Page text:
lomcovaks: Joules, Paul covered the HoF situation in his daily small cap report of the 14th August. hxxps:// I know he occasionally reads these boards so I do hope that he won't mind my copy and pasting the relevant section here for the interest of members who may not subscribe to the Stockopedia article. It's free and a wonderful resource for investors:- French Connection (LON:FCCN) Share price: 48.1p (+0.4%) No. of shares: 96 million Market cap: £46 million A brief comment from me on the situation re French Connection (LON:FCCN) and its exposure to House of Fraser. This has been a known issue for some time, for people who understand the business. FCCN has concessions (a store within a store) in department stores, including House of Fraser. These are typically small operations, with minimal staff and little stock. The way concessions work is that all sales are "banked" through House of Fraser's EPoS system. HoF then sits on the money for, I am told, about 2.5 months. As HoF has been on the brink of going bust for some time, it was worth working out the potential liability to FCCN. Thankfully, a retail FD friend of mine worked out the figures some time ago. He reckoned there was a potential bad debt to FCCN of about £2m (probably less), if/when HoF went bust. Since HoF went into Administration, then that crystallises the loss for FCCN and other concessions. Mike Ashley would not be paying those debts as part of his acquisition, as pre-Administration trade payables are unsecured creditors, hence usually are paid nothing in this type of insolvency. How is the £2m estimated bad debt for FCCN worked out? Estimated 40 concession sites within HoF stores. Estimated annual turnover per concession of £200k Giving £8m estimated annual revenues for FCCN from its HoF concessions. Assume the bad debt is perhaps 3 months takings, arriving at an estimate of £2m bad debt for FCCN. That's not material, since FCCN has a market cap about £46m, and has substantial net cash - so it can afford to write off a £2m bad debt without any consequences. FCCN will also have to write-off fixtures & fittings related to its HoF concessions, or at least the ones that are to be closed. This again will not be material, and is non-cash, so not a problem. The inventories within HoF stores remain FCCN's property, and if necessary can be moved to other FCCN sites, so there should not be any write-offs relating to inventories. Going forwards, this might prove a nice opportunity for FCCN to accelerate the reduction of its heavily loss-making retail division. So I feel that, once the dust has settled, the market might actually see this as a positive. To reiterate, the sooner the FCCN retail stores are closed, the better, as they lose money hand over fist! The value in the business is the profitable wholesale & brand licensing divisions. It amazes me that this is so obvious, yet "the market" seems oblivious to it. There was a takeover approach last year, which must have been serious, since the board apparently spent several months assessing it & allowed the potential acquirer to do due diligence. It's only a matter of time before the business is sold, because the founder/chairman is into his 70's now, and must be looking for an eventual exit (otherwise he wouldn't have engaged with the potential acquirer last year). I've worked out that FCCN has several stores which are literally black holes for cash, in terms of losses. The leases on these should soon expire. That means that profitability should make a step change upwards. That's what's interesting about this cash-rich company. The brand is still very valuable, and I'm hoping for an eventual payout here of 100-200p, on a trade sale. This special situation is certainly one for patient investors only! I'll be insufferable when the payday does finally come, lol! The recent share price softness, presumably on worries over HoF, looks overdone to me, so if it goes much lower, I'll be topping up. But it's already one of my biggest long positions, so maybe it's not wise to tie up too much cash in this one? I imagine there is likely to be an RNS from FCCN very soon, detailing the cash losses due to HoF insolvency. It should also give us some detail on the non-cash write-offs (e.g. F&F), plus an update on what's happening going forwards. I imagine this is likely to say that some HoF concessions will continue, but some will be closed. They'll obviously only keep the profitable ones, and this is a nice opportunity for FCCN to re-negotiate terms with Mike Ashley, on a take it or leave it basis (giving him a taste of his own medicine!). Therefore FCCN should emerge with a more profitable concessions operation after this process has been completed. Hence I'm rather looking at this as glass half full, rather than glass half empty.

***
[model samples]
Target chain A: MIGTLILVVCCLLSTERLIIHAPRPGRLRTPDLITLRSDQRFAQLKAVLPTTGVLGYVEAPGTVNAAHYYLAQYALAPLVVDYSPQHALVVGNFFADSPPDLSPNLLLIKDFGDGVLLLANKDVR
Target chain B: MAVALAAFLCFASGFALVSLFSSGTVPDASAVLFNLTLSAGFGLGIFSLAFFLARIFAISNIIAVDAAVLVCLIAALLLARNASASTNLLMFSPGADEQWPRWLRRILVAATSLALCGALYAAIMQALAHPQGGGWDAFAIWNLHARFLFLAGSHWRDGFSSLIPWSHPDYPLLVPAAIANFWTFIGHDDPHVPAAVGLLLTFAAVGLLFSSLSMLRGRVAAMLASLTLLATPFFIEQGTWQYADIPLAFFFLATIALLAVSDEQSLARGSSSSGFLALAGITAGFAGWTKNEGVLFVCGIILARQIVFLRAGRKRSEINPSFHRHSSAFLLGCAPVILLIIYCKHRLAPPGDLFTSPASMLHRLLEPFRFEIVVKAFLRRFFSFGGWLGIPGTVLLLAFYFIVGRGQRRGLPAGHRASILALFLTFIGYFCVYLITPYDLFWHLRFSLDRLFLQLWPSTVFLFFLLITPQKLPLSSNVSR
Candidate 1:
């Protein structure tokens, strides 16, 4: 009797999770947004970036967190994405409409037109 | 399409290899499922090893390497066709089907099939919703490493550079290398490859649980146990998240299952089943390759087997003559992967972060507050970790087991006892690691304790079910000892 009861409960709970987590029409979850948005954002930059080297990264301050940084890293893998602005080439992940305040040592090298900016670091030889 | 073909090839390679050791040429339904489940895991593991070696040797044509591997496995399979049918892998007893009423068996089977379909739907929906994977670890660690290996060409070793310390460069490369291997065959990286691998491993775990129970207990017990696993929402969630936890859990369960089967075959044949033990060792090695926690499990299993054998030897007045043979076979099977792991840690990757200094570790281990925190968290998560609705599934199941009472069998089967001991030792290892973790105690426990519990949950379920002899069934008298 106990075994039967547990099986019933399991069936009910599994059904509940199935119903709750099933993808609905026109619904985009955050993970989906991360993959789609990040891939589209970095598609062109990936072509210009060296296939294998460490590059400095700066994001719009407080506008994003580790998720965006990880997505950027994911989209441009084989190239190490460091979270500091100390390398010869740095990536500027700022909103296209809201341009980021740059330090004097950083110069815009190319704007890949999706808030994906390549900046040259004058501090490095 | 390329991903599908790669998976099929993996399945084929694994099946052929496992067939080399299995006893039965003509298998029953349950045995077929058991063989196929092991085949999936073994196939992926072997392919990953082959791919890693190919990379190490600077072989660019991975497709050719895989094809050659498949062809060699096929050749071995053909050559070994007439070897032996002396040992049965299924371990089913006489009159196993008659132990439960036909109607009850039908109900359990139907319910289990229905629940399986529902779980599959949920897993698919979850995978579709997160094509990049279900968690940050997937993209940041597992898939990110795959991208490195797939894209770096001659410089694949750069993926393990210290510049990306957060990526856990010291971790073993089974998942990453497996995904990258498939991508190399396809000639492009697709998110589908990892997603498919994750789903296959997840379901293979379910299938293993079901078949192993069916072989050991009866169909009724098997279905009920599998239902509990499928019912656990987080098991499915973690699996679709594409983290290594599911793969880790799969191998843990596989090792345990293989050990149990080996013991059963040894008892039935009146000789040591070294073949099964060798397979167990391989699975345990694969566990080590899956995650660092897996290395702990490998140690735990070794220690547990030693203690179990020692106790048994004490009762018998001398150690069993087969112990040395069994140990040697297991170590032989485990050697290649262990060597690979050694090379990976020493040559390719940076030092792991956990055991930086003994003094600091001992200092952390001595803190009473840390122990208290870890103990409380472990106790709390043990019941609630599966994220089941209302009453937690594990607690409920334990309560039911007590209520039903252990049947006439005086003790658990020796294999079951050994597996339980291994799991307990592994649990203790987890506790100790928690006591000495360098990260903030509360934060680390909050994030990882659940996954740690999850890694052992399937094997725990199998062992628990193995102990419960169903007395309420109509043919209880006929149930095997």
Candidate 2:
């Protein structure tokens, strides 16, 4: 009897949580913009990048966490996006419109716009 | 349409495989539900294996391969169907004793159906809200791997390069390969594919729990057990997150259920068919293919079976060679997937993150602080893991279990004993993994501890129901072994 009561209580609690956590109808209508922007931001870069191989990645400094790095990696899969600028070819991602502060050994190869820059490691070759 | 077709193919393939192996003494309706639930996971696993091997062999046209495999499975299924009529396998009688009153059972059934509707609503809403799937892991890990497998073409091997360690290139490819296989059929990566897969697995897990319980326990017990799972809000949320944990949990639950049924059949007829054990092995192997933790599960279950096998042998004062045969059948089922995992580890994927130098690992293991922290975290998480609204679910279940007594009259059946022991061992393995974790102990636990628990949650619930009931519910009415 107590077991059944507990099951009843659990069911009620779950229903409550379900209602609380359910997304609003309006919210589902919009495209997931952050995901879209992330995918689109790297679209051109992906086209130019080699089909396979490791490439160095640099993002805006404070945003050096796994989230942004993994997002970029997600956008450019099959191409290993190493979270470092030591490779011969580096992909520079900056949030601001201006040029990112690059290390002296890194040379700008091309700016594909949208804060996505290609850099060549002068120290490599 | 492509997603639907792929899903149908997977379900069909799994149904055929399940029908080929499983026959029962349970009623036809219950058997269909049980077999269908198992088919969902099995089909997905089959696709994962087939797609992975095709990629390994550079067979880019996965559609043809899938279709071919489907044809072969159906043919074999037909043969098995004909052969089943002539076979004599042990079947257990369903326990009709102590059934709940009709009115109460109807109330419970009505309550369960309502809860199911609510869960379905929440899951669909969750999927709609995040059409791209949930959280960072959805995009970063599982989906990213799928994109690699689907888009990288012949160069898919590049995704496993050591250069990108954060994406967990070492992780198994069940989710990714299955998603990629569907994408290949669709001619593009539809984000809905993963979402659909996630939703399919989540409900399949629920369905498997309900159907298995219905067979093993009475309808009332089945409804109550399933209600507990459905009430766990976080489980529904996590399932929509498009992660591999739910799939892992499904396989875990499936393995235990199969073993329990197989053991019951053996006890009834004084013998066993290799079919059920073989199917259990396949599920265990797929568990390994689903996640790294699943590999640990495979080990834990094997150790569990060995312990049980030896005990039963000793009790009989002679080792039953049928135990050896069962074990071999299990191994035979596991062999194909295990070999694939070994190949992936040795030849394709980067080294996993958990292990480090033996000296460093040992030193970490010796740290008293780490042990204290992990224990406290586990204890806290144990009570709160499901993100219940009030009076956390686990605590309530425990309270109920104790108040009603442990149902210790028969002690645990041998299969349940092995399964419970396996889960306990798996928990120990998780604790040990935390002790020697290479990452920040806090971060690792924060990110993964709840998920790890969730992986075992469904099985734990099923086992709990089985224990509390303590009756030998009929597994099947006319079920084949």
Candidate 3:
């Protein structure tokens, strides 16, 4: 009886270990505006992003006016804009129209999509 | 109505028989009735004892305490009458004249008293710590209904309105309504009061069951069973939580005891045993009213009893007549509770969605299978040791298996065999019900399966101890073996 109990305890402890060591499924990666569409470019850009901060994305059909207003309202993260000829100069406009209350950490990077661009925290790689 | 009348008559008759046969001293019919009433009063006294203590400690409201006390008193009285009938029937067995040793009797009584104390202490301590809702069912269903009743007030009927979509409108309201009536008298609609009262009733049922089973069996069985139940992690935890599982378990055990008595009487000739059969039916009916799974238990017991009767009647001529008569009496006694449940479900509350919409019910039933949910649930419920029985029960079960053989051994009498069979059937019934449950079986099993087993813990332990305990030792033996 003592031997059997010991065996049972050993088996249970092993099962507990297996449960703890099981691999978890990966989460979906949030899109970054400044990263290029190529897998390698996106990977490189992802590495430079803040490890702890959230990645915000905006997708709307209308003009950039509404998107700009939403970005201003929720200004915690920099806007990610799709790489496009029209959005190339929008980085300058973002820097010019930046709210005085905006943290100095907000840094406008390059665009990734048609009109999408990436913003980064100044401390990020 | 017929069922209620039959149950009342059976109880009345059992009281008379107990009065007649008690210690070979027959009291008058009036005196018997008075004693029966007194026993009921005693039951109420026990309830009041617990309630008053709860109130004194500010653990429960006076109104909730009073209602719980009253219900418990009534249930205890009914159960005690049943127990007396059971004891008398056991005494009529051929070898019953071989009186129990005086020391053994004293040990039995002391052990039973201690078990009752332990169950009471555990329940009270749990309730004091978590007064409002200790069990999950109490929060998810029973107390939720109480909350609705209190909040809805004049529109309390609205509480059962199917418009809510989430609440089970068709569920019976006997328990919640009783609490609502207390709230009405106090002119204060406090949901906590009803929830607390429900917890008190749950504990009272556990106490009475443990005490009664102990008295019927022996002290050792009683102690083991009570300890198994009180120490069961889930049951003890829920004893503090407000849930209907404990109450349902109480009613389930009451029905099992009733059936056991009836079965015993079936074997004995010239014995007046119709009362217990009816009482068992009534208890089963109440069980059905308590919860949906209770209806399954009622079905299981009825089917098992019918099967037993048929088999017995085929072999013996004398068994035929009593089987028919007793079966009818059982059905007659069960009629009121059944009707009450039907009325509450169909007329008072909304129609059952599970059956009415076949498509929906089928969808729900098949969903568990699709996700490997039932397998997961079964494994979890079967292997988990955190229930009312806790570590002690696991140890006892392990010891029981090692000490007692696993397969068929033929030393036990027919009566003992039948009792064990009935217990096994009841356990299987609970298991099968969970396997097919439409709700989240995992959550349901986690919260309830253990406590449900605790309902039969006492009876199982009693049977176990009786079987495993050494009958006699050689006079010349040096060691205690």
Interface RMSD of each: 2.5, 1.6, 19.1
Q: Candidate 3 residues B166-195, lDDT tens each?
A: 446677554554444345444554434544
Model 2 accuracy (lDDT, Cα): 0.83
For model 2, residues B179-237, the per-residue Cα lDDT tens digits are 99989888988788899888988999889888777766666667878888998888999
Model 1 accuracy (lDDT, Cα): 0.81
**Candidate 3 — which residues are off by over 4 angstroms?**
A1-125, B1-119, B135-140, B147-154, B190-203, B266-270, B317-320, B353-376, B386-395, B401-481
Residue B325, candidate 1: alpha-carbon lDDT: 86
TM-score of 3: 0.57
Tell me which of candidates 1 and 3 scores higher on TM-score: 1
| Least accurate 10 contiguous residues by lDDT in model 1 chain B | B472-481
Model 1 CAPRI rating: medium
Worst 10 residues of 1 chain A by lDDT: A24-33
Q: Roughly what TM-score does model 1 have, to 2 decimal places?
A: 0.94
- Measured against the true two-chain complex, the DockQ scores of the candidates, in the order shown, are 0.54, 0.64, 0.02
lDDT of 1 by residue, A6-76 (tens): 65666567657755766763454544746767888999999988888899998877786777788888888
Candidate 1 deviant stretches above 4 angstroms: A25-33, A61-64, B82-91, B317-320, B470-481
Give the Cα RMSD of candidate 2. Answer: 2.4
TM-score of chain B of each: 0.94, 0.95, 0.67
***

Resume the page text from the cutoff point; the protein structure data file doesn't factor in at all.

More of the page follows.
clarea: Hi anyone any views on recent share price weakness, I can't find any gossip or rns to give an idea. The only thing I can think of is the fallout from House of Fraser being the latest retailer to be on the skids has had a knock on effect. Any others views/thoughts welcomed.